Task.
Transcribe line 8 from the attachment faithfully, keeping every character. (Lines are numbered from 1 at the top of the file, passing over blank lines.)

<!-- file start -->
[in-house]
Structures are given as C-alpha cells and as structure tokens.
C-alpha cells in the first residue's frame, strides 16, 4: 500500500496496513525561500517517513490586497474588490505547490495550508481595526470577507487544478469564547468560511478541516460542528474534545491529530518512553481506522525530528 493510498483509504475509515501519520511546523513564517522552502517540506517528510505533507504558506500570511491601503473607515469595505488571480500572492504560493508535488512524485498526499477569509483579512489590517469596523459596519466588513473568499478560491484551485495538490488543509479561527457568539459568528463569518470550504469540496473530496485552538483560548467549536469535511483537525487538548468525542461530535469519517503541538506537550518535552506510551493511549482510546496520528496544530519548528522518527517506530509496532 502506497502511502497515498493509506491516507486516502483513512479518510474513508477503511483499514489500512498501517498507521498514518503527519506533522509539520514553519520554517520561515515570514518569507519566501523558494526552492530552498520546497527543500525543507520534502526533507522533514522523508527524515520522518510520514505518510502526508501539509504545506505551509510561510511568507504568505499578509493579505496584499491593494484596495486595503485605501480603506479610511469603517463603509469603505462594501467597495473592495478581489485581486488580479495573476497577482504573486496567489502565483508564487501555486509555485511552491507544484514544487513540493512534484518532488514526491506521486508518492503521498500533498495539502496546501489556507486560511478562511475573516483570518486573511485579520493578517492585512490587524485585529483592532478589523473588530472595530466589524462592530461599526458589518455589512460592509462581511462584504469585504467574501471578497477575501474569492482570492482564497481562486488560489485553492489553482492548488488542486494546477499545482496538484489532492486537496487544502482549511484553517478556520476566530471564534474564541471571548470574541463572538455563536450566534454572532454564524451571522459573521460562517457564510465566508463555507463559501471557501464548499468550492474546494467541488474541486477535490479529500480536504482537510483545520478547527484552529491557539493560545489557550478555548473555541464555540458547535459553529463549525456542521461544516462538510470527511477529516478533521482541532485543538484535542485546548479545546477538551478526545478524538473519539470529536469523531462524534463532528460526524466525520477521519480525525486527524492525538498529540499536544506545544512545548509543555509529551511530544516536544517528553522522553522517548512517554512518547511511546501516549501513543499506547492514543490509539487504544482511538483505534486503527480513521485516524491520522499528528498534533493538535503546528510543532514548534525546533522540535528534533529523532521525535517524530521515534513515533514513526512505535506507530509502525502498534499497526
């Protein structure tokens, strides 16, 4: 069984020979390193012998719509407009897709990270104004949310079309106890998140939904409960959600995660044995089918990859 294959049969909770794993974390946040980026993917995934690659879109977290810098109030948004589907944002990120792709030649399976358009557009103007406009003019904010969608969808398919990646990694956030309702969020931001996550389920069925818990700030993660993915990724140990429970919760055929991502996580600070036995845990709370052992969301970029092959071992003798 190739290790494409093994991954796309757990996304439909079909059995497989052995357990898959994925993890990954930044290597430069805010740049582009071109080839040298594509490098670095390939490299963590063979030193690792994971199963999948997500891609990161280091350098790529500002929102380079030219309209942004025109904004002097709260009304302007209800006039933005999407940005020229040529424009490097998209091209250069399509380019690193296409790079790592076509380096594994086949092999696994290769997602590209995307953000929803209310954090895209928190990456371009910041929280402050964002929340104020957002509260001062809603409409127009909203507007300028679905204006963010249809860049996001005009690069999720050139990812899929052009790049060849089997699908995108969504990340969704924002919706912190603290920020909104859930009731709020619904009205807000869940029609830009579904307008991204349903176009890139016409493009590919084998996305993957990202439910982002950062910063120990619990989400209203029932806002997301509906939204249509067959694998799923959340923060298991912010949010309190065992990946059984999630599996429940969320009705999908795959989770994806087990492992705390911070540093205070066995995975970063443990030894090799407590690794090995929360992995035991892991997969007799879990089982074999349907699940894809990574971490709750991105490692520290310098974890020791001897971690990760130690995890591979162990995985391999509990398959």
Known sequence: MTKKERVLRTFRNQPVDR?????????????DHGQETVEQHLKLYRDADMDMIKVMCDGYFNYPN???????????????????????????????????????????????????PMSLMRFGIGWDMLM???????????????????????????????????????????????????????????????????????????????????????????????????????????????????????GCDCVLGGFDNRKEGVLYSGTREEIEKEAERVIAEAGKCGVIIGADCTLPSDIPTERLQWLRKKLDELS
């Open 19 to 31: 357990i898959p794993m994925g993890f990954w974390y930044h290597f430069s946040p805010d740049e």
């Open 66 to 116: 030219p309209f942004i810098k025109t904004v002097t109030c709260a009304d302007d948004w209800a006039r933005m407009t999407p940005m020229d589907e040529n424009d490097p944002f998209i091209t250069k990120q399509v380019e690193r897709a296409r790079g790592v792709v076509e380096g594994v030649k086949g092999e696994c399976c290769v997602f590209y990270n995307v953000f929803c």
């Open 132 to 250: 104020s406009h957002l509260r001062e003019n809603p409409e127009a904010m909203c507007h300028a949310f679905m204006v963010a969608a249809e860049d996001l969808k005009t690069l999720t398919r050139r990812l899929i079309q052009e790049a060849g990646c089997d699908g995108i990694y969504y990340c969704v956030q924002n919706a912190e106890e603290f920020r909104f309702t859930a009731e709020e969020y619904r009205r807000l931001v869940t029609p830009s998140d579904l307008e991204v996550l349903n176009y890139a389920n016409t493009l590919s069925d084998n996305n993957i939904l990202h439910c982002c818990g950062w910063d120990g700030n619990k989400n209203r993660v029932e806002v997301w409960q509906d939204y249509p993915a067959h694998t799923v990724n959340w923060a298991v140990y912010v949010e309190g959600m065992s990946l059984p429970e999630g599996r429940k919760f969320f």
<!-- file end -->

């Open 132 to 250: 104020s406009h957002l509260r001062e003019n809603p409409e127009a904010m909203c507007h300028a949310f679905m204006v963010a969608a249809e860049d996001l969808k005009t690069l999720t398919r050139r990812l899929i079309q052009e790049a060849g990646c089997d699908g995108i990694y969504y990340c969704v956030q924002n919706a912190e106890e603290f920020r909104f309702t859930a009731e709020e969020y619904r009205r807000l931001v869940t029609p830009s998140d579904l307008e991204v996550l349903n176009y890139a389920n016409t493009l590919s069925d084998n996305n993957i939904l990202h439910c982002c818990g950062w910063d120990g700030n619990k989400n209203r993660v029932e806002v997301w409960q509906d939204y249509p993915a067959h694998t799923v990724n959340w923060a298991v140990y912010v949010e309190g959600m065992s990946l059984p429970e999630g599996r429940k919760f969320f």